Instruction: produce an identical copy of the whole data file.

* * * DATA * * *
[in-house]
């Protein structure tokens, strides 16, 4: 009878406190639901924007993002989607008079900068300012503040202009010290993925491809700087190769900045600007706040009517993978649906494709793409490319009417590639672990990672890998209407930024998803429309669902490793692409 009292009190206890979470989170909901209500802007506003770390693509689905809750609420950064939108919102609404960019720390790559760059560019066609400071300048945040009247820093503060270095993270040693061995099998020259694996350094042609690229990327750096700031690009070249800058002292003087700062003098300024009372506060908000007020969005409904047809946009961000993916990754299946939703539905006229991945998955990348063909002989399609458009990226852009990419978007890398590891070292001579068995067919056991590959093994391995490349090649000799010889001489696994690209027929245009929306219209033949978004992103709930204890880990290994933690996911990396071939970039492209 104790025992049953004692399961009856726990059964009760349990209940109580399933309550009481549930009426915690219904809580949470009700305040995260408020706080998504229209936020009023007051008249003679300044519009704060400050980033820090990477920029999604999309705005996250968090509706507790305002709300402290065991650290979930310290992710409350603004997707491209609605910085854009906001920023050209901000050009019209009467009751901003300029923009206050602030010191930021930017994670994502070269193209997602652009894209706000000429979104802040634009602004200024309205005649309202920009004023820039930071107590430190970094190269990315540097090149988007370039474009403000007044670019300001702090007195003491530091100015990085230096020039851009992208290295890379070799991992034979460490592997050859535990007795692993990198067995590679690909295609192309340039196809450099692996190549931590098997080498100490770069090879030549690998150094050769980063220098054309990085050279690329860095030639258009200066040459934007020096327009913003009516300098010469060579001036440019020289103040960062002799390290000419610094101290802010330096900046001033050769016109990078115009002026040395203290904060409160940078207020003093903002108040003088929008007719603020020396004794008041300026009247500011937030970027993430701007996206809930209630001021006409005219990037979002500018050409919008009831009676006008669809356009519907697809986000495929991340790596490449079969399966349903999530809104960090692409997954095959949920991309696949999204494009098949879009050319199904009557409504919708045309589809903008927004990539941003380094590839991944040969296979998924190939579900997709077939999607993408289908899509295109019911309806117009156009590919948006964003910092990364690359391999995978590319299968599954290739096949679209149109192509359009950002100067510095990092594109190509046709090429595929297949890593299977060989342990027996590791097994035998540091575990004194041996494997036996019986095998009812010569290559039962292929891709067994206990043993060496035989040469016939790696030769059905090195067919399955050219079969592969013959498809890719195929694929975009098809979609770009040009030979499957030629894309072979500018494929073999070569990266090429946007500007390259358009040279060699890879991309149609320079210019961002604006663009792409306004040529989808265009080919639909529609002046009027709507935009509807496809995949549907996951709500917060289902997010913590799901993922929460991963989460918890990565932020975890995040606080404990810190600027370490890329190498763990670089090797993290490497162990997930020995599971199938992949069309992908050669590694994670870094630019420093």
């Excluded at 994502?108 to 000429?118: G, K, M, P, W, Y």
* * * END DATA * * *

[in-house]
């Protein structure tokens, strides 16, 4: 009878406190639901924007993002989607008079900068300012503040202009010290993925491809700087190769900045600007706040009517993978649906494709793409490319009417590639672990990672890998209407930024998803429309669902490793692409 009292009190206890979470989170909901209500802007506003770390693509689905809750609420950064939108919102609404960019720390790559760059560019066609400071300048945040009247820093503060270095993270040693061995099998020259694996350094042609690229990327750096700031690009070249800058002292003087700062003098300024009372506060908000007020969005409904047809946009961000993916990754299946939703539905006229991945998955990348063909002989399609458009990226852009990419978007890398590891070292001579068995067919056991590959093994391995490349090649000799010889001489696994690209027929245009929306219209033949978004992103709930204890880990290994933690996911990396071939970039492209 104790025992049953004692399961009856726990059964009760349990209940109580399933309550009481549930009426915690219904809580949470009700305040995260408020706080998504229209936020009023007051008249003679300044519009704060400050980033820090990477920029999604999309705005996250968090509706507790305002709300402290065991650290979930310290992710409350603004997707491209609605910085854009906001920023050209901000050009019209009467009751901003300029923009206050602030010191930021930017994670994502070269193209997602652009894209706000000429979104802040634009602004200024309205005649309202920009004023820039930071107590430190970094190269990315540097090149988007370039474009403000007044670019300001702090007195003491530091100015990085230096020039851009992208290295890379070799991992034979460490592997050859535990007795692993990198067995590679690909295609192309340039196809450099692996190549931590098997080498100490770069090879030549690998150094050769980063220098054309990085050279690329860095030639258009200066040459934007020096327009913003009516300098010469060579001036440019020289103040960062002799390290000419610094101290802010330096900046001033050769016109990078115009002026040395203290904060409160940078207020003093903002108040003088929008007719603020020396004794008041300026009247500011937030970027993430701007996206809930209630001021006409005219990037979002500018050409919008009831009676006008669809356009519907697809986000495929991340790596490449079969399966349903999530809104960090692409997954095959949920991309696949999204494009098949879009050319199904009557409504919708045309589809903008927004990539941003380094590839991944040969296979998924190939579900997709077939999607993408289908899509295109019911309806117009156009590919948006964003910092990364690359391999995978590319299968599954290739096949679209149109192509359009950002100067510095990092594109190509046709090429595929297949890593299977060989342990027996590791097994035998540091575990004194041996494997036996019986095998009812010569290559039962292929891709067994206990043993060496035989040469016939790696030769059905090195067919399955050219079969592969013959498809890719195929694929975009098809979609770009040009030979499957030629894309072979500018494929073999070569990266090429946007500007390259358009040279060699890879991309149609320079210019961002604006663009792409306004040529989808265009080919639909529609002046009027709507935009509807496809995949549907996951709500917060289902997010913590799901993922929460991963989460918890990565932020975890995040606080404990810190600027370490890329190498763990670089090797993290490497162990997930020995599971199938992949069309992908050669590694994670870094630019420093």
């Excluded at 994502?108 to 000429?118: G, K, M, P, W, Y």